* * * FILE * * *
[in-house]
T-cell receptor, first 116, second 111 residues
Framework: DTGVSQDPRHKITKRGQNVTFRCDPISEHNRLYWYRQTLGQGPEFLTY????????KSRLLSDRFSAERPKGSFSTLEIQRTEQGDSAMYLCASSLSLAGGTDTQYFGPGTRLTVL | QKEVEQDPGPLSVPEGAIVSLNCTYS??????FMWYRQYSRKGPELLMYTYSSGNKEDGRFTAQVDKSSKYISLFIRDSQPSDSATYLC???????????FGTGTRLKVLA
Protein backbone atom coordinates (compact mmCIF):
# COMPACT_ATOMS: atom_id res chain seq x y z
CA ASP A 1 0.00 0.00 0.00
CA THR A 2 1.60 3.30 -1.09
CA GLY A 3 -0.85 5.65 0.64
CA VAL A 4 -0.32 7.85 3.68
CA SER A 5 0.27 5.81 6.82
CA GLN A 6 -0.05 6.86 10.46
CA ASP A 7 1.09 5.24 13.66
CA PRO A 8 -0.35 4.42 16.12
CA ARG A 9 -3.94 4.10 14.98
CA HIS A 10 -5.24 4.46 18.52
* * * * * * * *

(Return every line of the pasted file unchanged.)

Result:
[in-house]
T-cell receptor, first 116, second 111 residues
Framework: DTGVSQDPRHKITKRGQNVTFRCDPISEHNRLYWYRQTLGQGPEFLTY????????KSRLLSDRFSAERPKGSFSTLEIQRTEQGDSAMYLCASSLSLAGGTDTQYFGPGTRLTVL | QKEVEQDPGPLSVPEGAIVSLNCTYS??????FMWYRQYSRKGPELLMYTYSSGNKEDGRFTAQVDKSSKYISLFIRDSQPSDSATYLC???????????FGTGTRLKVLA
Protein backbone atom coordinates (compact mmCIF):
# COMPACT_ATOMS: atom_id res chain seq x y z
CA ASP A 1 0.00 0.00 0.00
CA THR A 2 1.60 3.30 -1.09
CA GLY A 3 -0.85 5.65 0.64
CA VAL A 4 -0.32 7.85 3.68
CA SER A 5 0.27 5.81 6.82
CA GLN A 6 -0.05 6.86 10.46
CA ASP A 7 1.09 5.24 13.66
CA PRO A 8 -0.35 4.42 16.12
CA ARG A 9 -3.94 4.10 14.98
CA HIS A 10 -5.24 4.46 18.52